I was spending the weekend going over the final copyedits for my upcoming Berkley/Penguin release (The Way We Weren’t, under my pen name, Phoebe Fox), and having one of Pyle’s moments of creative despair myself. These generally fall into one of a few recurring categories for me:
- Inadequacy: “This is terrible.”
- Perfectionism: “I could have done so much better.”
- Comparison: “[Fill-in-the-blank] is a much better writer than I am.”
- Futility: “What’s the point?”
I’m betting some of these may be familiar to you too, and you may have a few additional greatest-hits creative demons of your own.
This time I was suffering from #4, my So What? demon. I’ve spent many years working on this story, in countless iterations. It was a thrill to sell it and know it would finally find its way to readers, but now that it’s about to, I found myself feeling daunted. In such an overwhelmingly crowded publishing environment, how many people would actually read it? And what would it matter if they did?
That same night I was with some of my girlfriends and talk turned to books we’ve read. I mentioned I’d read one a friend touted, and another asked, “It was good?”
“I enjoyed it,” I said. “I mean, it didn’t change my life, but it was really good.”
My friend laughed. “Has any book actually ever ‘changed your life’?” she asked.
There ensued a conversation about the books that have touched us deeply, but my friend’s question got me examining my feelings about my upcoming release. Am I defining this story as a success only if it’s a major critical hit, or a huge seller, or “changes someone’s life”?
What is the standard of worth for our art?
I’ve written about knowing why you write here, to stay grounded and in touch with what’s important to you in your creative pursuits. And I solidly know my “why” for fiction–I write to explore ideas I want to examine, usually around themes of forgiveness and family, and I want to write the kind of stories I love to read. Both of which I feel good about with this book.
But I got all tangled up in what comes after the creation of the art—which I have no control over. And I reverse-engineered the “results” the book achieves as a justification for its existence: If it isn’t a huge “success,” what’s the point?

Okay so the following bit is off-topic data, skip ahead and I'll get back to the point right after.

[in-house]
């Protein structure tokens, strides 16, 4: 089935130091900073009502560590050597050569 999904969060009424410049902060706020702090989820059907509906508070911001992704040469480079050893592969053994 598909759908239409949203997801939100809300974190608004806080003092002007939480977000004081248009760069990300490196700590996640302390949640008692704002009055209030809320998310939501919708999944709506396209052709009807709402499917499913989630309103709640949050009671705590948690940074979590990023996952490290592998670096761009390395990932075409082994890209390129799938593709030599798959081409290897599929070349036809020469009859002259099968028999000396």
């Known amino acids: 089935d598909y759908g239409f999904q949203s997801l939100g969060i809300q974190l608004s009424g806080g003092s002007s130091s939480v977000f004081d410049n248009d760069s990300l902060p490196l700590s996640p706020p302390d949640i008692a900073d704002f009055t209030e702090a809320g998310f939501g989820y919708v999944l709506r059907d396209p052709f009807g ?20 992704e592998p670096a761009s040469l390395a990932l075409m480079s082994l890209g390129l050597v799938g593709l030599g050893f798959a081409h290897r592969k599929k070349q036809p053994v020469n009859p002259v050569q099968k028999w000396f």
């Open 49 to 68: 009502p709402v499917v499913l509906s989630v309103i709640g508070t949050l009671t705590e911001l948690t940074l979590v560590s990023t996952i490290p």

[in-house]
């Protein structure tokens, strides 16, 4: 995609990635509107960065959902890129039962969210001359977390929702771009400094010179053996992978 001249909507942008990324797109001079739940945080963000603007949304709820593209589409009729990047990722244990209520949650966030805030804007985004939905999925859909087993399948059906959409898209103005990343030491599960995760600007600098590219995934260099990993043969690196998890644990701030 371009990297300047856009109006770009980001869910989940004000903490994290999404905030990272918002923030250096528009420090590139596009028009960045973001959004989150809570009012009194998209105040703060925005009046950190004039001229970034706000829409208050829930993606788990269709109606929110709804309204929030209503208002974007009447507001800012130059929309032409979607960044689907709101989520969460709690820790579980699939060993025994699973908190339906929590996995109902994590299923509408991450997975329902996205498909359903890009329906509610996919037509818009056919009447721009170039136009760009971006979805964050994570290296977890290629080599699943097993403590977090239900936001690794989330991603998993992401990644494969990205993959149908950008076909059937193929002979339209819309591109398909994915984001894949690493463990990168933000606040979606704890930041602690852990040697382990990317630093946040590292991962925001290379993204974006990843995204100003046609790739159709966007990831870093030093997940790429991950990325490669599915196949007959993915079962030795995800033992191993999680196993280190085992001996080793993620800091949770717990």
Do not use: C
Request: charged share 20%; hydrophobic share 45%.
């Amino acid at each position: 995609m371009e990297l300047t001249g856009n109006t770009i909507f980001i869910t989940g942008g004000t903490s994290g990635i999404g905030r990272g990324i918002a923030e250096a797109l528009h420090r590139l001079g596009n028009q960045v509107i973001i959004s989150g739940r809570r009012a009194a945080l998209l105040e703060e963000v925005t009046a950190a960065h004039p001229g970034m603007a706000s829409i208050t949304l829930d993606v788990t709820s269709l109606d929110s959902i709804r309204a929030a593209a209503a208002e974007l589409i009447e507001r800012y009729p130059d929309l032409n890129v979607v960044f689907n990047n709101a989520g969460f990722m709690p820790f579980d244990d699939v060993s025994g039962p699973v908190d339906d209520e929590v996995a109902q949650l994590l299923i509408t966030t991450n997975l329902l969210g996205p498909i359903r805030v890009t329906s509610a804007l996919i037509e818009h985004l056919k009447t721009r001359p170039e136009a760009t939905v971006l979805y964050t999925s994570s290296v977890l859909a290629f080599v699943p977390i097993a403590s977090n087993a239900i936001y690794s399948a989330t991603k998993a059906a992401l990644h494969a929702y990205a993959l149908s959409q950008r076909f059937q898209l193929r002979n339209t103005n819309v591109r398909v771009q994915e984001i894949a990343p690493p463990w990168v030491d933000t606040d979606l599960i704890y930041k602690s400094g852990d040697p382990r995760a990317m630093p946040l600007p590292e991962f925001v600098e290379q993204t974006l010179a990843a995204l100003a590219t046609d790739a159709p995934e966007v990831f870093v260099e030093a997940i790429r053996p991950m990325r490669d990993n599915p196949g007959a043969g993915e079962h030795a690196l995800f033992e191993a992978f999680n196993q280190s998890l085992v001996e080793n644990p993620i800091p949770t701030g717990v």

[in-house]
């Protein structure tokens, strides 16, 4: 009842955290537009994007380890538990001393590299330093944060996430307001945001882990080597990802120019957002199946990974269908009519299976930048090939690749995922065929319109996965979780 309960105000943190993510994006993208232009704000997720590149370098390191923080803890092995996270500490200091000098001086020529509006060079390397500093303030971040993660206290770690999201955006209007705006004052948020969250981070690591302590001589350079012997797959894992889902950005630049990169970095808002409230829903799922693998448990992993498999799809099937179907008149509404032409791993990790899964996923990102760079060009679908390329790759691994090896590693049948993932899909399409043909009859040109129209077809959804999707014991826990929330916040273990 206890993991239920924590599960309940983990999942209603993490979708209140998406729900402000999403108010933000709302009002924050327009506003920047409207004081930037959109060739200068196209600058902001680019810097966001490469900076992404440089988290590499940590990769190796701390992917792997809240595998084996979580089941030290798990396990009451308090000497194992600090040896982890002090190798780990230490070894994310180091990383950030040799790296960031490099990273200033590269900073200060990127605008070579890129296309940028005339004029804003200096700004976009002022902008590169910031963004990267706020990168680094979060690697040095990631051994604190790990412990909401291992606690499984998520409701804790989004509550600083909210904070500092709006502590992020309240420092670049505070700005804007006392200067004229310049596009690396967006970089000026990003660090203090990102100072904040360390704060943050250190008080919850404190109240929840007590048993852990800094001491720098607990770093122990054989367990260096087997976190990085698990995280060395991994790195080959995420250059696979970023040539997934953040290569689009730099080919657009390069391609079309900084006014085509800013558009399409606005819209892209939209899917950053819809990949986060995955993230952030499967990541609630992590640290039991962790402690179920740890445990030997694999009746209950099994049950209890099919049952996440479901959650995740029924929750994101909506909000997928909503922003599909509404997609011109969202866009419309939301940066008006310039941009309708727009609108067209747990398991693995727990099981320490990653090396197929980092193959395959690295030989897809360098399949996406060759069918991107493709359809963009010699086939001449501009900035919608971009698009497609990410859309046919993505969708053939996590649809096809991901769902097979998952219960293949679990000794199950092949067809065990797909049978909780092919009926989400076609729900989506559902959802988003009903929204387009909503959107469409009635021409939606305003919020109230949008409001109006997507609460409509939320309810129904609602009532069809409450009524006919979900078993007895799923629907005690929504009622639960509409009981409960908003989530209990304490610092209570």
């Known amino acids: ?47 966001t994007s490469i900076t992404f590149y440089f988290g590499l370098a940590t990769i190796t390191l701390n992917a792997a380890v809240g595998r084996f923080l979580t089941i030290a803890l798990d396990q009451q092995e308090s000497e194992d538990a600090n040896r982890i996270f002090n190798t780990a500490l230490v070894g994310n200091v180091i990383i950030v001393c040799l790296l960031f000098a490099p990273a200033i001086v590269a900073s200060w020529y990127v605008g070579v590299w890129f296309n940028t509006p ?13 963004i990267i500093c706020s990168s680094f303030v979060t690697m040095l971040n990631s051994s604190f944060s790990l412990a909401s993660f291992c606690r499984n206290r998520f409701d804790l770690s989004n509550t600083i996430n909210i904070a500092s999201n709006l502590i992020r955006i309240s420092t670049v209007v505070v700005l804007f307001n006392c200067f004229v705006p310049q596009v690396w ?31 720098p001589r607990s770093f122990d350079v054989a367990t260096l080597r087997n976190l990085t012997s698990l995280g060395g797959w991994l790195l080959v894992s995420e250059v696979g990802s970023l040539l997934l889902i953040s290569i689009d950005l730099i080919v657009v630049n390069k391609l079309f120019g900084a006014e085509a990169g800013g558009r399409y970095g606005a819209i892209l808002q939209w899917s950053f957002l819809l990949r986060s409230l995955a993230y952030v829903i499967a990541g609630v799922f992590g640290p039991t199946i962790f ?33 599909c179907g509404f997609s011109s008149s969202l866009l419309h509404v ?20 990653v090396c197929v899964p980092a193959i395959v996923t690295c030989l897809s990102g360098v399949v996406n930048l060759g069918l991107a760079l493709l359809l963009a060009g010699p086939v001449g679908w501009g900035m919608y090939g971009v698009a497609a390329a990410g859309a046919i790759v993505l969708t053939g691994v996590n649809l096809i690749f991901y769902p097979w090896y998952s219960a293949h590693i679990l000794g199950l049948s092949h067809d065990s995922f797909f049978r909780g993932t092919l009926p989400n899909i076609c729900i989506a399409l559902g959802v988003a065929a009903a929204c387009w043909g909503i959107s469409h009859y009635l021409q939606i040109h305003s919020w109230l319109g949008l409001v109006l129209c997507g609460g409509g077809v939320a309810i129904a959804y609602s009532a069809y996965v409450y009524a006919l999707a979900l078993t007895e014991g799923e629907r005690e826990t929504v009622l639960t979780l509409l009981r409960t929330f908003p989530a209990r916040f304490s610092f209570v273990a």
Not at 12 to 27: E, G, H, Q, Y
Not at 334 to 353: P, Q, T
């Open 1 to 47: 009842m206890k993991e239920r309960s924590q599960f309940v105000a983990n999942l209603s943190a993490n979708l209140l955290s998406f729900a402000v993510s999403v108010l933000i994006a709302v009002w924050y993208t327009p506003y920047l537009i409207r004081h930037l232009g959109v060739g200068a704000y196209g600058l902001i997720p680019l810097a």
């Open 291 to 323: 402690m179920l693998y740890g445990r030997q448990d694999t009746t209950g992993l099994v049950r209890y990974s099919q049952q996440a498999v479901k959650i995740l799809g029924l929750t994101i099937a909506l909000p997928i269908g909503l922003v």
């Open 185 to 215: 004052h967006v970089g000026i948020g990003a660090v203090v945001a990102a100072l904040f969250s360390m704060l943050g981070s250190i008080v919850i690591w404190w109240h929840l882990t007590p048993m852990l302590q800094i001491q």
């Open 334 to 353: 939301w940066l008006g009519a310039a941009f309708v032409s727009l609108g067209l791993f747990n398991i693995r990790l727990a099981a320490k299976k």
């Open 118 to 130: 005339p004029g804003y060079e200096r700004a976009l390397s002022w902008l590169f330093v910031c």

This morning I walked through my house looking at some of the artwork in it that regularly gives me the greatest pleasure.
I fell in love with this one–inspired by one of her books I especially loved, The Copenhagen Affair, and it hangs in front of my desk, where my eye lands on it daily and it nourishes my soul.
This isn’t a mass-produced piece. It’s an original, and I don’t think there are prints of it. Only I and people in my home get to enjoy this work of art. Does that make it less “worthy”? It’s worth a great deal to me—it brings me joy every day. Is that not art’s highest calling?
This is a vase made by my great-aunt I never knew. I think its workmanship is amazing–the perfection of its shape, its smooth texture, the colors of the glaze. It’s a simple piece, and the creator gifted it to a family member with no expectation it might enjoy wider “acclaim” than that. Does that detract from its merit as art? Yet here I am two generations later admiring it every day.
Here’s another piece I love and look at daily. My mom painted this watercolor for me from a picture of another piece she copied. It took her nearly a year and she did it in secret, wanting to surprise me with it. These are not her colors–she loves muted pastels–and this is not her kind of subject matter. But she thought it might mean something to me, and she worked hard on the meticulous details, like the crosshatching, and she even changed the name on the boat to the name of her boat that our family had many happy outings on.
All that effort and time…just so it could be enjoyed by a single person. Yet my mom was lit up when she finally got to give me the finished painting, and even more so when she saw my joyful reaction. And she loves seeing it featured prominently in my office every time she visits. It makes me think of her every day, and her love for me. Would I judge this art as pointless?
Why am I so quick to do that with my own?
Why do any of us creative souls impose a barometer of worth on our work that has nothing to do with the work itself and is beyond our control or creation–like reviews or sales or acclaim?
Our concern is the creation of the work—for ourselves, for its own sake. To have a vision in your head, to develop that vision, to set it down in words and bring it to life on a page…what an accomplishment that is! How rare and special to bring something wholly original and your own into existence.
Why must the work achieve more than that to be considered worthwhile? Who is the judge of whether it has worth if not us, its creator?
Why isn’t the making of art—the astonishing process of creating something from nothing—considered success in and of itself?
I always think of the pinnacle of my former career as an actor—which included a number of higher-profile film and TV jobs—as the curtain call of a show I did years ago at a regional theater. I don’t even remember for sure which theater or play it was, but I do remember looking out to see a man on his feet, clapping with everything in him, tears running down his face.
I remember feeling that this was why I acted. That night that man had an experience as a result of what he saw on that stage. I don’t know what it was, or whether it “changed his life.”
But for that moment, something I was part of creating connected profoundly and intimately with another human being. It brings tears to my eyes still to remember it.
To paraphrase Kurt Vonnegut, If that isn’t creative success, I don’t know what is.
Over to you, authors—do you ever struggle with wondering whether your writing matters? How do you work through those moments? Do you know your “why,” and if so what is it?